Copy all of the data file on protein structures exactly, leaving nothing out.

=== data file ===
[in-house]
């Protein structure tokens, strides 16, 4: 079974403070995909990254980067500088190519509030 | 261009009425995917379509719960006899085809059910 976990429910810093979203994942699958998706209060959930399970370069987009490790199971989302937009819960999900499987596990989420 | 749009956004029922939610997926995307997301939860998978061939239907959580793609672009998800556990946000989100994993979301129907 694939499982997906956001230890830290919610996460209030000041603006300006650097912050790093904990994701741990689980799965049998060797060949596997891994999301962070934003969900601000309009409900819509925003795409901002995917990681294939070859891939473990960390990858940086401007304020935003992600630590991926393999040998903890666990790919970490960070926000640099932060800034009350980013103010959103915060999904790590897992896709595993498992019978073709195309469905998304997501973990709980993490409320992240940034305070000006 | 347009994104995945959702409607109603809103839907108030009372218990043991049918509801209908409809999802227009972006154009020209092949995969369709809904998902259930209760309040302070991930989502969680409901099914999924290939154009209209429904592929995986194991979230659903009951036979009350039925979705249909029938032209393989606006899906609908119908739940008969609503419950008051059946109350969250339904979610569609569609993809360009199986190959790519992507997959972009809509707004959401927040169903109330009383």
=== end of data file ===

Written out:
[in-house]
């Protein structure tokens, strides 16, 4: 079974403070995909990254980067500088190519509030 | 261009009425995917379509719960006899085809059910 976990429910810093979203994942699958998706209060959930399970370069987009490790199971989302937009819960999900499987596990989420 | 749009956004029922939610997926995307997301939860998978061939239907959580793609672009998800556990946000989100994993979301129907 694939499982997906956001230890830290919610996460209030000041603006300006650097912050790093904990994701741990689980799965049998060797060949596997891994999301962070934003969900601000309009409900819509925003795409901002995917990681294939070859891939473990960390990858940086401007304020935003992600630590991926393999040998903890666990790919970490960070926000640099932060800034009350980013103010959103915060999904790590897992896709595993498992019978073709195309469905998304997501973990709980993490409320992240940034305070000006 | 347009994104995945959702409607109603809103839907108030009372218990043991049918509801209908409809999802227009972006154009020209092949995969369709809904998902259930209760309040302070991930989502969680409901099914999924290939154009209209429904592929995986194991979230659903009951036979009350039925979705249909029938032209393989606006899906609908119908739940008969609503419950008051059946109350969250339904979610569609569609993809360009199986190959790519992507997959972009809509707004959401927040169903109330009383």